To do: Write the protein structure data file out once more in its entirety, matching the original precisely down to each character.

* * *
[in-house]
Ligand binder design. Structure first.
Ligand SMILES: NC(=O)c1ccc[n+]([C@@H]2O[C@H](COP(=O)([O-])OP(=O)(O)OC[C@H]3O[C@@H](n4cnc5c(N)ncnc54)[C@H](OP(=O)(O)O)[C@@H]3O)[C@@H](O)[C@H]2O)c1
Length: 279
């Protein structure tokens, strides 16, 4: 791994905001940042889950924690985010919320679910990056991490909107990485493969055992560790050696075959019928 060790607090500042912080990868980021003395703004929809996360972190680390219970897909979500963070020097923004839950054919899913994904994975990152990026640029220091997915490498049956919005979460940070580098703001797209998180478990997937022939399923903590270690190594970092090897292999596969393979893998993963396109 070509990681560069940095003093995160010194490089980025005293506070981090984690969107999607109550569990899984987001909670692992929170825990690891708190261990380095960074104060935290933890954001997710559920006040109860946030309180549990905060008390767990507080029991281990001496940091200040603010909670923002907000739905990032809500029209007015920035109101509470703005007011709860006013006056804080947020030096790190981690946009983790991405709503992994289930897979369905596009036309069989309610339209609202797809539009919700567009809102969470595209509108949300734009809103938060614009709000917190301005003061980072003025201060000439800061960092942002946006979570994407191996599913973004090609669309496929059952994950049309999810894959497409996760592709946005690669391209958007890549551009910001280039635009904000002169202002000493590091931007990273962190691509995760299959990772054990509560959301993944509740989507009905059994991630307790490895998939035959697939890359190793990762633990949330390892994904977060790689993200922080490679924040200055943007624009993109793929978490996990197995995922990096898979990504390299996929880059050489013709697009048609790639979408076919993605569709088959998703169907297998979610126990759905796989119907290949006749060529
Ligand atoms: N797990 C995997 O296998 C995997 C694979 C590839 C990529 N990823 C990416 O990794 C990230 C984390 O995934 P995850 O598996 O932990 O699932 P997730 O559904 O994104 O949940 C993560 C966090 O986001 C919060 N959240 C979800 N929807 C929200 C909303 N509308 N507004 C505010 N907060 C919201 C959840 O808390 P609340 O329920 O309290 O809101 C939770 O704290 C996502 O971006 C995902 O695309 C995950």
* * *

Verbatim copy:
[in-house]
Ligand binder design. Structure first.
Ligand SMILES: NC(=O)c1ccc[n+]([C@@H]2O[C@H](COP(=O)([O-])OP(=O)(O)OC[C@H]3O[C@@H](n4cnc5c(N)ncnc54)[C@H](OP(=O)(O)O)[C@@H]3O)[C@@H](O)[C@H]2O)c1
Length: 279
């Protein structure tokens, strides 16, 4: 791994905001940042889950924690985010919320679910990056991490909107990485493969055992560790050696075959019928 060790607090500042912080990868980021003395703004929809996360972190680390219970897909979500963070020097923004839950054919899913994904994975990152990026640029220091997915490498049956919005979460940070580098703001797209998180478990997937022939399923903590270690190594970092090897292999596969393979893998993963396109 070509990681560069940095003093995160010194490089980025005293506070981090984690969107999607109550569990899984987001909670692992929170825990690891708190261990380095960074104060935290933890954001997710559920006040109860946030309180549990905060008390767990507080029991281990001496940091200040603010909670923002907000739905990032809500029209007015920035109101509470703005007011709860006013006056804080947020030096790190981690946009983790991405709503992994289930897979369905596009036309069989309610339209609202797809539009919700567009809102969470595209509108949300734009809103938060614009709000917190301005003061980072003025201060000439800061960092942002946006979570994407191996599913973004090609669309496929059952994950049309999810894959497409996760592709946005690669391209958007890549551009910001280039635009904000002169202002000493590091931007990273962190691509995760299959990772054990509560959301993944509740989507009905059994991630307790490895998939035959697939890359190793990762633990949330390892994904977060790689993200922080490679924040200055943007624009993109793929978490996990197995995922990096898979990504390299996929880059050489013709697009048609790639979408076919993605569709088959998703169907297998979610126990759905796989119907290949006749060529
Ligand atoms: N797990 C995997 O296998 C995997 C694979 C590839 C990529 N990823 C990416 O990794 C990230 C984390 O995934 P995850 O598996 O932990 O699932 P997730 O559904 O994104 O949940 C993560 C966090 O986001 C919060 N959240 C979800 N929807 C929200 C909303 N509308 N507004 C505010 N907060 C919201 C959840 O808390 P609340 O329920 O309290 O809101 C939770 O704290 C996502 O971006 C995902 O695309 C995950």